Do you have any tips on traveling with teens — what are their needs, how do parents ensure they have fun and have an enriching experience?

1. Peer relationships are everything to a teenager. Friends are all-important. They replace the family, in some ways, as the place where daily relationships are played out. Have your teen take a friend along on your trip.

2. Teens will want to spend lots of time with their friends. Let them. Parents should offer loving help and encouragement at every turn; and never try to join their teen’s group of friends. And parents, if the friends are bad news, figure out why your teen wants to be their friend. You will get some insights into their inner life. Act on this.

3. The job (of both teen and parent) is to STAY CONNECTED. Keep in mind this practical advice for Teen-Parent Communication, when you are traveling together. Use this time to do the following:

  • The style of talking that is best is direct, straight, and clear. Don’t give unsolicited advice to your teen — EVER — unless your teen asks for it.
  • Listen, observe and don’t “talk at.”
  • Help teens let their feelings out — validate and don’t try to change them.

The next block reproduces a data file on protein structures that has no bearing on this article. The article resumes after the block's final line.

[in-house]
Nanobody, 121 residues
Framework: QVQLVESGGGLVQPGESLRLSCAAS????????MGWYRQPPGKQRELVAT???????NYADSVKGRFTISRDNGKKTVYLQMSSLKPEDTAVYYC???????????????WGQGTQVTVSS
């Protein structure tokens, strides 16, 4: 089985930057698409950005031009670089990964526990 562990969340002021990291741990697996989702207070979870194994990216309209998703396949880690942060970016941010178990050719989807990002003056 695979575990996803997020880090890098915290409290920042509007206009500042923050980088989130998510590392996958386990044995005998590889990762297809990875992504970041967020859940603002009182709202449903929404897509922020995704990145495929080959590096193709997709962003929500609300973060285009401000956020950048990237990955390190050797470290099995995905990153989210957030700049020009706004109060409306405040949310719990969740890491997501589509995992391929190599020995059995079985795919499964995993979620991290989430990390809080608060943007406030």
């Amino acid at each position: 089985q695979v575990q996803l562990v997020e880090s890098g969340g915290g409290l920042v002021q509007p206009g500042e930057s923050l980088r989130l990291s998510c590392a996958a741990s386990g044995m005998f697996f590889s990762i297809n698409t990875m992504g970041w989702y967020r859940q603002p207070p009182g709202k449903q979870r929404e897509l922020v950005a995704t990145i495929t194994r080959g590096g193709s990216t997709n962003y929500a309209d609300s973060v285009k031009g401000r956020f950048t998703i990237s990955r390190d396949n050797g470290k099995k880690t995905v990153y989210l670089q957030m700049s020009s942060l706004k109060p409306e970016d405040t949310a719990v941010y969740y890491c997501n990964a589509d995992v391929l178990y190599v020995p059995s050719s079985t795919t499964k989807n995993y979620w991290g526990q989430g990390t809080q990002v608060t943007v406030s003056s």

• Stop the questions, the demands, and the inflexible rules.
  • Don’t schedule meetings with teens — talk with them on their terms.

4. Remember: teens need enough direction and control to guide them, yet enough room to let them breathe, learn, and discover. There must to be a balance between structure and flexibility. A strong disciplinary approach overlooks the need for growth and exploration during the teen years.

5. Teens are busy practicing a new way of thinking. (Jean Piaget called it “formal operational thought.”) At 16 or 17 years of age, teens have developed the ability to solve problems without the concrete, action-oriented experiences of a child. Teens are forming theories about everything—and testing them out. They make (...continue reading)